Monday, July 29, 2013

RFRA - 1st Amendment - free exercise - for-profit corporation

Conestoga Wood Specialties Corp. v. Secy. of HHS – 3d Cir. – July 26, 2013

Appellants Conestoga Wood Specialties Corporation , Norman Hahn, Elizabeth Hahn, Norman Lemar Hahn, Anthony Hahn, and Kevin Hahn appeal from an order of the District Court denying their motion for a preliminary injunction.

In their Complaint, Appellants allege that regulations promulgated by the Department of Health and Human Services, which require group health plans and health insurance issuers to provide coverage for contraceptives, violate the Religious Freedom Restoration Act, 42 U.S.C. § 2000bb,  and the Free Exercise Clause of the First Amendment of the United States Constitution.

The District Court denied a preliminary injunction, concluding that Appellants were unlikely to succeed on the merits of their claims.  Appellants then filed an expedited motion for a stay pending appeal with this Court, which was denied.  Now, we consider the fully briefed appeal from the District Court‘s denial of a preliminary injunction.

Before we can even reach the merits of the First Amendment and RFRA claims, we must consider a threshold issue: whether a for-profit, secular corporation is able to 1 The Complaint also alleges that the regulations violate the Establishment Clause, the Free Speech Clause, the Due Process Clause, and the Administrative Procedure Act.

While the District Court‘s opinion addressed some of these additional claims, Appellants have limited their appeal to whether the regulations violate the RFRA and the Free Exercise Clause. engage in religious exercise under the Free Exercise Clause of the First Amendment and the RFRA.

As we conclude that forprofit, secular corporations cannot engage in religious exercise, we will affirm the order of the District Court.


immigration - City of Hazleton case - MD Pa. affirmed by 3d Cir.on remand from US SCt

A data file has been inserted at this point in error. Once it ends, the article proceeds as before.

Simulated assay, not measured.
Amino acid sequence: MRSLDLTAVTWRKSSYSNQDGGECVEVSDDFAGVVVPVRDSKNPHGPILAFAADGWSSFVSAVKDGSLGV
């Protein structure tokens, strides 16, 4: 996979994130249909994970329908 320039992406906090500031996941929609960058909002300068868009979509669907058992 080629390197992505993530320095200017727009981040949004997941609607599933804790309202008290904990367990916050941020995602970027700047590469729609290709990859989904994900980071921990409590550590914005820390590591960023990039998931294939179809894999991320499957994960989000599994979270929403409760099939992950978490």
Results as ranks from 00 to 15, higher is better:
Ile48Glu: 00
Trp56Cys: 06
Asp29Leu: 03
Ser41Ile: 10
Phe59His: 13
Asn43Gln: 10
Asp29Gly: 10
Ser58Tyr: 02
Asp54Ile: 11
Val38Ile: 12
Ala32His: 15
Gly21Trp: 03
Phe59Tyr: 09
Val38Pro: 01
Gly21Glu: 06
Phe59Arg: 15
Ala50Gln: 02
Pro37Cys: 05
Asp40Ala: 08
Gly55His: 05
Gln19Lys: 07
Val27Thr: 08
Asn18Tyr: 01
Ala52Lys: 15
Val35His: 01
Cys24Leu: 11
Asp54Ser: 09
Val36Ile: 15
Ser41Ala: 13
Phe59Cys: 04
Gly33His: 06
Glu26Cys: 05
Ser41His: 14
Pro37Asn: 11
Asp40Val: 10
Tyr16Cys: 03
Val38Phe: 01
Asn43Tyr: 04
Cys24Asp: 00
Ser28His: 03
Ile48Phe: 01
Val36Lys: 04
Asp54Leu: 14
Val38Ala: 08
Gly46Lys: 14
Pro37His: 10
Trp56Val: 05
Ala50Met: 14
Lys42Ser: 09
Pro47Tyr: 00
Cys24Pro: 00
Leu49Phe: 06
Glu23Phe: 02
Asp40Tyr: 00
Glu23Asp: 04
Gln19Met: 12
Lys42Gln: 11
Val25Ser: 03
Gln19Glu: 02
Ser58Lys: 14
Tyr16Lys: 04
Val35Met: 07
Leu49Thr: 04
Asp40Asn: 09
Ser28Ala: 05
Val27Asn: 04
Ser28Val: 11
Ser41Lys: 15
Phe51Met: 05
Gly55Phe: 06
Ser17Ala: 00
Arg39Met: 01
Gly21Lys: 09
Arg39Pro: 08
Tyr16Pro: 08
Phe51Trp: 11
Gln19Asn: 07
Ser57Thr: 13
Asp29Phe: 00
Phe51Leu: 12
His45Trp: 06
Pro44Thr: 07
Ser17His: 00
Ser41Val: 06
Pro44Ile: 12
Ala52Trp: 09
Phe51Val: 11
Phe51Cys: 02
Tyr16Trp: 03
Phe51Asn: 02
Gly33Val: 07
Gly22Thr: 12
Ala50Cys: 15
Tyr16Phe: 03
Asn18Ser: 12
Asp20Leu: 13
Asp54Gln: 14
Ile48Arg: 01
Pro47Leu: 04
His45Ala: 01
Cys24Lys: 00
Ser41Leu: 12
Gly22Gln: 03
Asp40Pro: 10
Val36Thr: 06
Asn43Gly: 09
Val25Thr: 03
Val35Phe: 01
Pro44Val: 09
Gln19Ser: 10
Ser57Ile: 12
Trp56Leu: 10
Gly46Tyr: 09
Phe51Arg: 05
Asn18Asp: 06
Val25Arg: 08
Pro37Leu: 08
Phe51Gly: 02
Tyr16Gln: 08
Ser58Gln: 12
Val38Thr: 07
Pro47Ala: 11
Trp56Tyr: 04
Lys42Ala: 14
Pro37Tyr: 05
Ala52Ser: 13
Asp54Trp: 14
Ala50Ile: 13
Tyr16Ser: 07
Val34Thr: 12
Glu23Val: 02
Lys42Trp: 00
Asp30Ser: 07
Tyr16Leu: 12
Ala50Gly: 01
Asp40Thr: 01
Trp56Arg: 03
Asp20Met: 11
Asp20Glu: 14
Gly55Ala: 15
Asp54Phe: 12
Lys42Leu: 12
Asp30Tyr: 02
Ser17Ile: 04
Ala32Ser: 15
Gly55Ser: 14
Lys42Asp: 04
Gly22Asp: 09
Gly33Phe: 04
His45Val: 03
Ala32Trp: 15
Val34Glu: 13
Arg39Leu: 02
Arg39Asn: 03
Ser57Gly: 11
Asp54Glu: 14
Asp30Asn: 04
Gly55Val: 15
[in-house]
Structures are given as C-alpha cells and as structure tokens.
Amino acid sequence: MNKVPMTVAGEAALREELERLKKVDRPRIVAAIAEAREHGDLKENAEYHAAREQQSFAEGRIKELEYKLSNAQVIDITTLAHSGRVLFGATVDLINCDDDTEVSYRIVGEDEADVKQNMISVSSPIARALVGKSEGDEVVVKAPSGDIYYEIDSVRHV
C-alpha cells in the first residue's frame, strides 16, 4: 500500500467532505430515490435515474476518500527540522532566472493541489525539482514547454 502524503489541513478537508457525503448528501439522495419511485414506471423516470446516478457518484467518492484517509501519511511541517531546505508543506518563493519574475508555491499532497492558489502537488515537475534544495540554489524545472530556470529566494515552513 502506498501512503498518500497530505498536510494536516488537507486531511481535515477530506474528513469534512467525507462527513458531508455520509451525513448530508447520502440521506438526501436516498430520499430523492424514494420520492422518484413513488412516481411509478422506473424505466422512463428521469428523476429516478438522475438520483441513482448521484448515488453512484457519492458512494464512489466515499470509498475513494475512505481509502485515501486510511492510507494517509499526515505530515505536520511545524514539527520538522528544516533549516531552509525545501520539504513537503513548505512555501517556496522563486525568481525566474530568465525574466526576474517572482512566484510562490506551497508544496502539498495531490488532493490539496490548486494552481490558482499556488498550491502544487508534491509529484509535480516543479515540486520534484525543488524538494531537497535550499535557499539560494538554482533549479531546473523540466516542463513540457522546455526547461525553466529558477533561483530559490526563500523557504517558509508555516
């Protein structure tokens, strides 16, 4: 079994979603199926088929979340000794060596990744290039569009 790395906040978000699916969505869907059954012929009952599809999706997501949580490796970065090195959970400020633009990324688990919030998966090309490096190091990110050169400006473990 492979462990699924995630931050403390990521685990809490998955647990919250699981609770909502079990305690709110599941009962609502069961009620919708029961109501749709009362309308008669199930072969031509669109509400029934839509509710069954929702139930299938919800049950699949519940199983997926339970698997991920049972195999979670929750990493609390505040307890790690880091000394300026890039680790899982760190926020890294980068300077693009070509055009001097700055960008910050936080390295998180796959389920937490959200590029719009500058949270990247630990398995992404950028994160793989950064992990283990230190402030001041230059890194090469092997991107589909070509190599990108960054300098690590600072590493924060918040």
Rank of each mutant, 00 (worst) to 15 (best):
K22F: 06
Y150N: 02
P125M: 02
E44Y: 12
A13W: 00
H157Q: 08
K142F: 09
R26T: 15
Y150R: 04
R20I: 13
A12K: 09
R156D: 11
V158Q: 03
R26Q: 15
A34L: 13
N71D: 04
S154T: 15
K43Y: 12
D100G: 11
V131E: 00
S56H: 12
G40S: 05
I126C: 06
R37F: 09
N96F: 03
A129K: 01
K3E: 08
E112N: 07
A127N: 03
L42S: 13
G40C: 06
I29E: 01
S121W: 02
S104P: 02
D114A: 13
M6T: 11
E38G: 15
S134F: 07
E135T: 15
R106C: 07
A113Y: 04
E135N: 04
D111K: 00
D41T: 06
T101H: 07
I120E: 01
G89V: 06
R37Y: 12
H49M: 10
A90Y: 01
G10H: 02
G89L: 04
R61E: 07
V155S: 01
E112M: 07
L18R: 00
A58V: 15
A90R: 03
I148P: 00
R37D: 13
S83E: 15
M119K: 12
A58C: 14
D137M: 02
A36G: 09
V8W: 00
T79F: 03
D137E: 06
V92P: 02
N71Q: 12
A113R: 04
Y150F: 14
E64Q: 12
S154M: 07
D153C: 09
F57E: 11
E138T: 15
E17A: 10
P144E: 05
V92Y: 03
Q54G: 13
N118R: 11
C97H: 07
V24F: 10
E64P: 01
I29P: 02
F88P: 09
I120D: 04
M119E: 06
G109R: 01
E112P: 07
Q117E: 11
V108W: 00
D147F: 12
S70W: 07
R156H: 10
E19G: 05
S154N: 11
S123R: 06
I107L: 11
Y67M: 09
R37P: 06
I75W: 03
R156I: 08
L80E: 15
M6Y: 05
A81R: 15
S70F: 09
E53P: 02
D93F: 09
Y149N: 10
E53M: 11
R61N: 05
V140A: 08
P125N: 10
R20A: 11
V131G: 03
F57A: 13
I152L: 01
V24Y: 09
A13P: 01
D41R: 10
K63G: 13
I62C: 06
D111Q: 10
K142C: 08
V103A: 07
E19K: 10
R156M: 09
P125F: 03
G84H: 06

Lozano et al. v.City of Hazleton – 3d Cir. – July 2013

McKEE, Chief Judge.

This case is before us on remand from the United States Supreme Court. The City of Hazleton previously appealed the District Courts judgment permanently enjoining enforcement of two Hazleton ordinances that attempt to  prohibit employment of unauthorized aliens and preclude them from renting housing within the City.

 In a precedential Opinion and Judgment filed on September 9, 2010, we upheld the permanent injunction. Thereafter, the Supreme Court granted Hazletons petition for a writ of certiorari and remanded this case so that we could reconsider our analysis in light of Chamber of Commerce v. Whiting, 563 U.S. __, 131 S. Ct. 1968 (2011). See City of Hazleton v. Lozano, 563 U.S. __, 131 S. Ct. 2958 (2011).

Subsequently, the Court also decided Arizona v. United States, 567 U.S. __, 132 S. Ct. 2492 (2012). Both Whiting and Arizona address the extent to which federal immigration law pre-empts various state laws pertaining to the treatment of unauthorized aliens. On remand, we asked for supplemental briefing on whether either of those decisions alter our original analysis upholding the District Courts injunction.

Having thoroughly considered the additional submissions of the parties and the Courts decisions in Whiting and Arizona, we again conclude that both the employment and housing provisions of the Hazleton ordinances are pre-empted by federal immigration law. Accordingly, we will again conclude that both the employment and housing provisions of the Hazleton ordinances are pre-empted by federal immigration law. Accordingly, we will again affirm the District Courts order enjoining enforcement of these provisions.